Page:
What You Need to Know About a Tesla Lease Takeover
Elon Musk‘s Tesla Motors is well established as the darling of the electric vehicle world, and drivers everywhere are excited to get behind the wheel of the brand’s latest models. But like any new car, getting behind the wheel of a Tesla all-electric car can get pricey, particularly given the automaker’s status as a luxury brand.
Looking to get behind the wheel of a Tesla without getting locked into a standard two- or four-year lease? A Tesla lease takeover is an option you can consider. Drivers who opt for a Tesla lease takeover, also known as a lease transfer, take over a pre-existing lease agreement from another driver before it expires. Taking over an existing lease payment with several months left may save you money compared to buying a new Tesla.
And while a lease takeover can save drivers money compared to a traditional car lease, they are not without drawbacks. In this article, we’ll illustrate how you can get behind the wheel of a Tesla Model 3, Tesla Model Y, Tesla Model X, or Tesla Model S by appropriating a monthly lease from another driver before that lease ends.
Tesla Lease Takeover: The Basics
From Craigslist to Facebook Marketplace and other public forums, Tesla drivers eager to get out of the terms of their lease agreement look for buyers willing to take them over.
The buyout terms, mileage, and application of taxes and fees are unique to each Tesla lease takeover situation, and no two are alike. However, the criteria and cost of private lease takeovers are often less expensive and restrictive than traditional financing routes.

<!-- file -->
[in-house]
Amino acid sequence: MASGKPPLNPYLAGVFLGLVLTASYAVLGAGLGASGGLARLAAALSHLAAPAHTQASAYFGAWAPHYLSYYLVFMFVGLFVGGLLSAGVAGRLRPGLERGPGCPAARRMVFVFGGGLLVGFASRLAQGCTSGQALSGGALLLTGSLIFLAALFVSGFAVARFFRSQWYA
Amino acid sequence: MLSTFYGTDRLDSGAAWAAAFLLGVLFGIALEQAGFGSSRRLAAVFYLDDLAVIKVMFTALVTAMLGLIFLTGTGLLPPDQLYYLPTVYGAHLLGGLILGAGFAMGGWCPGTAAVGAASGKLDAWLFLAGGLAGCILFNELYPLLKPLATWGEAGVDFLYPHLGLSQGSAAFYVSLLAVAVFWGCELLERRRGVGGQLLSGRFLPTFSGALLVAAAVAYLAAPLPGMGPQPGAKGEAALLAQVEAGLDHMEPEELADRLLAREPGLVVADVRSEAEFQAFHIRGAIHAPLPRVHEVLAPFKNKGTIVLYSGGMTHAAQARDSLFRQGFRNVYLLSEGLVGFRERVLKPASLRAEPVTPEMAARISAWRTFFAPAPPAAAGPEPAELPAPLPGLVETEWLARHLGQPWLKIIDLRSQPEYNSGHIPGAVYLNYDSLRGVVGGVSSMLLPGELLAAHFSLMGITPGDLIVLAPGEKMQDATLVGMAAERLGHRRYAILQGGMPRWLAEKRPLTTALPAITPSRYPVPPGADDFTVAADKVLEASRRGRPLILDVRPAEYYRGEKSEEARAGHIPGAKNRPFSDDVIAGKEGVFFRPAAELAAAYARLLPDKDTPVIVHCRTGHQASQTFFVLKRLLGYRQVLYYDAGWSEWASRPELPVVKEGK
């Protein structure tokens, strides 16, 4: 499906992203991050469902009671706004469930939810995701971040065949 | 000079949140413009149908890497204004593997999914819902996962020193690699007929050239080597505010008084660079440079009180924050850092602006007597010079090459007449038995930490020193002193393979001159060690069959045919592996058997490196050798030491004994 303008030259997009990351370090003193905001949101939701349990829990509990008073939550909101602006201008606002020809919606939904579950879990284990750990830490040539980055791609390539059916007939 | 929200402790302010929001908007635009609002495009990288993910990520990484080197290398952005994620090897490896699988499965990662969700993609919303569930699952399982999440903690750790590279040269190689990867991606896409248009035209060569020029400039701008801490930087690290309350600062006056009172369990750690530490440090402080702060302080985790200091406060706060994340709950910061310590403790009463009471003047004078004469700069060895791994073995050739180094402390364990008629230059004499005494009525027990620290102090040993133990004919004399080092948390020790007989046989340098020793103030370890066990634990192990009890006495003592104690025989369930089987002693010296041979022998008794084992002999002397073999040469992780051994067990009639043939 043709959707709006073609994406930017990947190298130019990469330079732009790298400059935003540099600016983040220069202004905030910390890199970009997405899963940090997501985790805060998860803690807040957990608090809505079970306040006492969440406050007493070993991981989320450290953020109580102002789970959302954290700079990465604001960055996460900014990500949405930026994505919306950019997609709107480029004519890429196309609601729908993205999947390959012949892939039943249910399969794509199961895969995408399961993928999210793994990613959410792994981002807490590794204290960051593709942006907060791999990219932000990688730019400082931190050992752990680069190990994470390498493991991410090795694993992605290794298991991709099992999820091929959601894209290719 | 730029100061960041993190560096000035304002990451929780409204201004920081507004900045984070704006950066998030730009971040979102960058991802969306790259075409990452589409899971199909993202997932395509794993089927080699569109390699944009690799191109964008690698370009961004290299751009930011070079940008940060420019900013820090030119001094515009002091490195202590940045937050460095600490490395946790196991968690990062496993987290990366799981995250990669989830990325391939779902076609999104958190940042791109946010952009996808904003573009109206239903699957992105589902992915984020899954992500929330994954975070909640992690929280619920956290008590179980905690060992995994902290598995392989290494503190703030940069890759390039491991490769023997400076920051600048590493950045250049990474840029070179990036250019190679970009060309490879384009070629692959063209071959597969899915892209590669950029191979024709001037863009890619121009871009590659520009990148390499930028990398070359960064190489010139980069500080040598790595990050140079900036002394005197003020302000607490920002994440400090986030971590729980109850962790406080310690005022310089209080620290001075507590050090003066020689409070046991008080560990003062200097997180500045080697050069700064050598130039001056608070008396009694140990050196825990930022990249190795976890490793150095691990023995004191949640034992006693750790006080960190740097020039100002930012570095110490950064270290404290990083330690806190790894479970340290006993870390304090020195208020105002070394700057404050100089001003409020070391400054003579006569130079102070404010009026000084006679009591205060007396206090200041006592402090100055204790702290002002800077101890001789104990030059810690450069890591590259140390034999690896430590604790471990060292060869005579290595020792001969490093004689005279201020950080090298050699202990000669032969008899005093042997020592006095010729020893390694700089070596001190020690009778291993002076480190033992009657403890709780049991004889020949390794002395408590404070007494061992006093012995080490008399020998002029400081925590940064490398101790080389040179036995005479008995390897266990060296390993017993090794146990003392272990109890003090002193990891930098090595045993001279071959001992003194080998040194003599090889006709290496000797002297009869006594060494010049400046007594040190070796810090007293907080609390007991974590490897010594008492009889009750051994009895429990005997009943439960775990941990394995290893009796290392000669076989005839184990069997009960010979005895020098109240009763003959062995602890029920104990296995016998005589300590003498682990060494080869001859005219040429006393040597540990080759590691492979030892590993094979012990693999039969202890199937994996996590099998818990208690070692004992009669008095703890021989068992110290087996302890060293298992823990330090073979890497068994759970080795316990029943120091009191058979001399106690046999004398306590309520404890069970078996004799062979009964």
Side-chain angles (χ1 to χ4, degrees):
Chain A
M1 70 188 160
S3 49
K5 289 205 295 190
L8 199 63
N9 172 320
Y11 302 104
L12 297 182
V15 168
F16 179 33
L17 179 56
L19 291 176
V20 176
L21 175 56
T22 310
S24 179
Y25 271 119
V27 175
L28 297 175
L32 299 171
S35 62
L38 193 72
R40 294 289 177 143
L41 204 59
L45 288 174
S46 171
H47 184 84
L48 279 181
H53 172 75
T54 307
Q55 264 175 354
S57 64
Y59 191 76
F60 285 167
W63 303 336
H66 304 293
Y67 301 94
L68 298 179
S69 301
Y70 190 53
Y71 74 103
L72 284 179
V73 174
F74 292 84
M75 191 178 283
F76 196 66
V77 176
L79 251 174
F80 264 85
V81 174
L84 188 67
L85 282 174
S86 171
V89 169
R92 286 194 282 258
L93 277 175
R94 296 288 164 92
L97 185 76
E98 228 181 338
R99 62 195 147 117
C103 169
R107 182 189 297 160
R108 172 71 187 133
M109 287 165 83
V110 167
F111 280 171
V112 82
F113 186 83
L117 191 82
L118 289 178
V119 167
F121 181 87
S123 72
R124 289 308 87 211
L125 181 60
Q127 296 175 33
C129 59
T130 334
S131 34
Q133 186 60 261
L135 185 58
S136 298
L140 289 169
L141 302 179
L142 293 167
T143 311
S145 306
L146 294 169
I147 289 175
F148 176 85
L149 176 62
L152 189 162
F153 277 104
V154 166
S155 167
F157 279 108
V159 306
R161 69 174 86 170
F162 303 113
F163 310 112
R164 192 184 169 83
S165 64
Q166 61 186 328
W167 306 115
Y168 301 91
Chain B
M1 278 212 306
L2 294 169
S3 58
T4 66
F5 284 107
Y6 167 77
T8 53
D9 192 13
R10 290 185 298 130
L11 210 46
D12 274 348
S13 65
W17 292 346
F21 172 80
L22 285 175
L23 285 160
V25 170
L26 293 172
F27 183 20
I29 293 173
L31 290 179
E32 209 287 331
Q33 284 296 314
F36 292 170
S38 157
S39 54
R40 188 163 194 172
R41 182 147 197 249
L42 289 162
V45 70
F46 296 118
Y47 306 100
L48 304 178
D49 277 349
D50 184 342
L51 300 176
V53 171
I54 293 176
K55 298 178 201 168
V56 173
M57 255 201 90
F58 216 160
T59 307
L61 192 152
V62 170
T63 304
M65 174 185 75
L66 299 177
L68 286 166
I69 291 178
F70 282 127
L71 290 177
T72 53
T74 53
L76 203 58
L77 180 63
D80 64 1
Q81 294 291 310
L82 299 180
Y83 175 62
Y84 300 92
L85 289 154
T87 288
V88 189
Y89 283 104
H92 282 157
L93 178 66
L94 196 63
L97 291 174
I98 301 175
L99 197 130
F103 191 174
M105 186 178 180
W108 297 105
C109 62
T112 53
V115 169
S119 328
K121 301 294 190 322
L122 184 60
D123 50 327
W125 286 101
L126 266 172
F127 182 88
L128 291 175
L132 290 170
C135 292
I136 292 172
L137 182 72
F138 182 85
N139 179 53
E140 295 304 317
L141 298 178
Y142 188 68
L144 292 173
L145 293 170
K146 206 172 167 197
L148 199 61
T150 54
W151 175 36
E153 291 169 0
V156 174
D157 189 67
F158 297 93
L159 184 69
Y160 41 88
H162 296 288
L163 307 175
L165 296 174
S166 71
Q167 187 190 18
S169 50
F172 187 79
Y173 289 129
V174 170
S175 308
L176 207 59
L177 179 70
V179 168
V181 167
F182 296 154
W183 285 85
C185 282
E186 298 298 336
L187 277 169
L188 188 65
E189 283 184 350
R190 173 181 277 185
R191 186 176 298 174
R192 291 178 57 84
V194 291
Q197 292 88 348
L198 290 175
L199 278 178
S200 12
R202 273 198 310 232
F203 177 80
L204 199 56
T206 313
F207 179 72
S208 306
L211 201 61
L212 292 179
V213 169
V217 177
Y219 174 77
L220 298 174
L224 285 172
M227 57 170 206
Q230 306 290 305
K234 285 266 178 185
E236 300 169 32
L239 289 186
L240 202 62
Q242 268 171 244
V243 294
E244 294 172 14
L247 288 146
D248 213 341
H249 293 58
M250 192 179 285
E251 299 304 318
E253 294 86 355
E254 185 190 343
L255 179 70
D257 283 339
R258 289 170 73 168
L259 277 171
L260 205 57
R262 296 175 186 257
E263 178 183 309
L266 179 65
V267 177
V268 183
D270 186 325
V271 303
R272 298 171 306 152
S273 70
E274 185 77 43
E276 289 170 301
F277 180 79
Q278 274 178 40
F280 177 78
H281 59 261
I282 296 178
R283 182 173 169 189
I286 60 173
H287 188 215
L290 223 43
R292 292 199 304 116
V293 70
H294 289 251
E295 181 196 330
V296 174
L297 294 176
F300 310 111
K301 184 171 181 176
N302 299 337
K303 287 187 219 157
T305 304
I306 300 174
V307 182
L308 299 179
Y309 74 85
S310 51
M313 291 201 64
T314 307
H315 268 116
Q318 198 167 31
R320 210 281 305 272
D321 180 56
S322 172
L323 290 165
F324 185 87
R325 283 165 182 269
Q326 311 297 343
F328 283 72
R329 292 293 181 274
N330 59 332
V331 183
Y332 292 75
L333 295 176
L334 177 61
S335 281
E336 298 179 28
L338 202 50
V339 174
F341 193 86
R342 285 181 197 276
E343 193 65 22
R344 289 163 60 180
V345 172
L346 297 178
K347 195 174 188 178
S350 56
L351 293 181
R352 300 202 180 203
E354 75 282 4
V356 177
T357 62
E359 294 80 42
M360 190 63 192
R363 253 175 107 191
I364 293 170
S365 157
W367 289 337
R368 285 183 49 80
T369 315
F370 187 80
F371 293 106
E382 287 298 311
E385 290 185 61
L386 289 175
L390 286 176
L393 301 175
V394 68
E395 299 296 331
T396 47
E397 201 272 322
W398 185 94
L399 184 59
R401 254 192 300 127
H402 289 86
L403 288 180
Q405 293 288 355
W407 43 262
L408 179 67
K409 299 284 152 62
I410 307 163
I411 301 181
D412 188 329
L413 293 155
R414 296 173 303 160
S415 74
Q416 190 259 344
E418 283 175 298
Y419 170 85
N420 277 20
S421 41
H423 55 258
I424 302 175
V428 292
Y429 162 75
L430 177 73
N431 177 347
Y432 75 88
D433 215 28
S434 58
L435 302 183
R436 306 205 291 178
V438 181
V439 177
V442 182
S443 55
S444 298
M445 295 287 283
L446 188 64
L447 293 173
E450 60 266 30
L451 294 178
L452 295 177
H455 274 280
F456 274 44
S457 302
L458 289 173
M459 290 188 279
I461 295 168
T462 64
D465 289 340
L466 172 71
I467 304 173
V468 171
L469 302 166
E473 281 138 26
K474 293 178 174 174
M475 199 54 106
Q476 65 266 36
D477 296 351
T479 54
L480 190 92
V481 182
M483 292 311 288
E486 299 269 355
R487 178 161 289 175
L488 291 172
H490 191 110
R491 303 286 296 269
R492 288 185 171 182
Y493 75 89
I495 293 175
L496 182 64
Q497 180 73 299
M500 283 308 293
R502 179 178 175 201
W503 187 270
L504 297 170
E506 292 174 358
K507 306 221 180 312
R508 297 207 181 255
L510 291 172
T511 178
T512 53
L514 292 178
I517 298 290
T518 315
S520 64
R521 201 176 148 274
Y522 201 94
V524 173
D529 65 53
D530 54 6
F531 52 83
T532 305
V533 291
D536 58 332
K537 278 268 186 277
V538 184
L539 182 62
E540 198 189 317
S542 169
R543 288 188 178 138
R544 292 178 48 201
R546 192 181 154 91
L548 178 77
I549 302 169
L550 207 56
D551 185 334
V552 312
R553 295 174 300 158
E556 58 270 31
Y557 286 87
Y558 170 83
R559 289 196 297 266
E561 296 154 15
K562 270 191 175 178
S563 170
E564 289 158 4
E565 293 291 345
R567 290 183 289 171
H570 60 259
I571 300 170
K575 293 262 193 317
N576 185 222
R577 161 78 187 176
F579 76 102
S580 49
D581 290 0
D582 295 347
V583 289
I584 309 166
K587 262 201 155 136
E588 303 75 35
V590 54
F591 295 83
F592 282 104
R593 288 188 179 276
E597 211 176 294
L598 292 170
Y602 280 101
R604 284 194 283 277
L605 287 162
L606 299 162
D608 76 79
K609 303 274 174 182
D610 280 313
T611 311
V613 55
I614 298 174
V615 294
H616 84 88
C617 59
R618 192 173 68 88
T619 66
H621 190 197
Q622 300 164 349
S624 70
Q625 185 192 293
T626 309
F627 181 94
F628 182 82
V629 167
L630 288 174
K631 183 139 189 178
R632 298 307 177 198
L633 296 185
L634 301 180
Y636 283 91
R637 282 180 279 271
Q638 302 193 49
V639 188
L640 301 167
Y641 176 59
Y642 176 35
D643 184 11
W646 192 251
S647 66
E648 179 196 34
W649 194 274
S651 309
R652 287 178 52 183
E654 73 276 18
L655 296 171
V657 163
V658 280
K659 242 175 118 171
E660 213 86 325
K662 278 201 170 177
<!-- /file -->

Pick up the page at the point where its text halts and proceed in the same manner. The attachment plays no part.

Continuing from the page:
Unlike other automakers who rely on the conventional dealership system, Tesla Motors spearheads all its financing, loan, and lease options through its own financial wing, Tesla Financial. Contrary to used dealerships and private sales, the parameters of getting financing and lease terms through Tesla can be difficult for some buyers. Credit standards for Tesla Financial are strict. Monthly payments can be high, even for qualified buyers.
In addition, a hefty down payment is usually required to get behind the wheel of the latest Tesla Models, or to reserve forthcoming models like the Tesla Roadster. As of this writing, it’s also important to keep in mind that given their volume of sales, Teslas no longer qualify for federal tax incentive programs and rebates.
So, you might be turning to the idea of a lease takeover to save some money. But is it worth it?
Benefits of a Tesla Lease Takeover
If your current financial situation or credit score is prohibiting you from getting your own lease deal, or is preventing you from getting the financing you need, a Tesla lease takeover may be a good option for you. The options of a lease buyout include:
No Down Payment Necessary
As of this writing, a downpayment for a Tesla financing package can be as much as $5,663. However, lease buyouts do not traditionally require any down payment at all, which means you could save thousands in upfront costs.
A Better Deal With Average/Poor Credit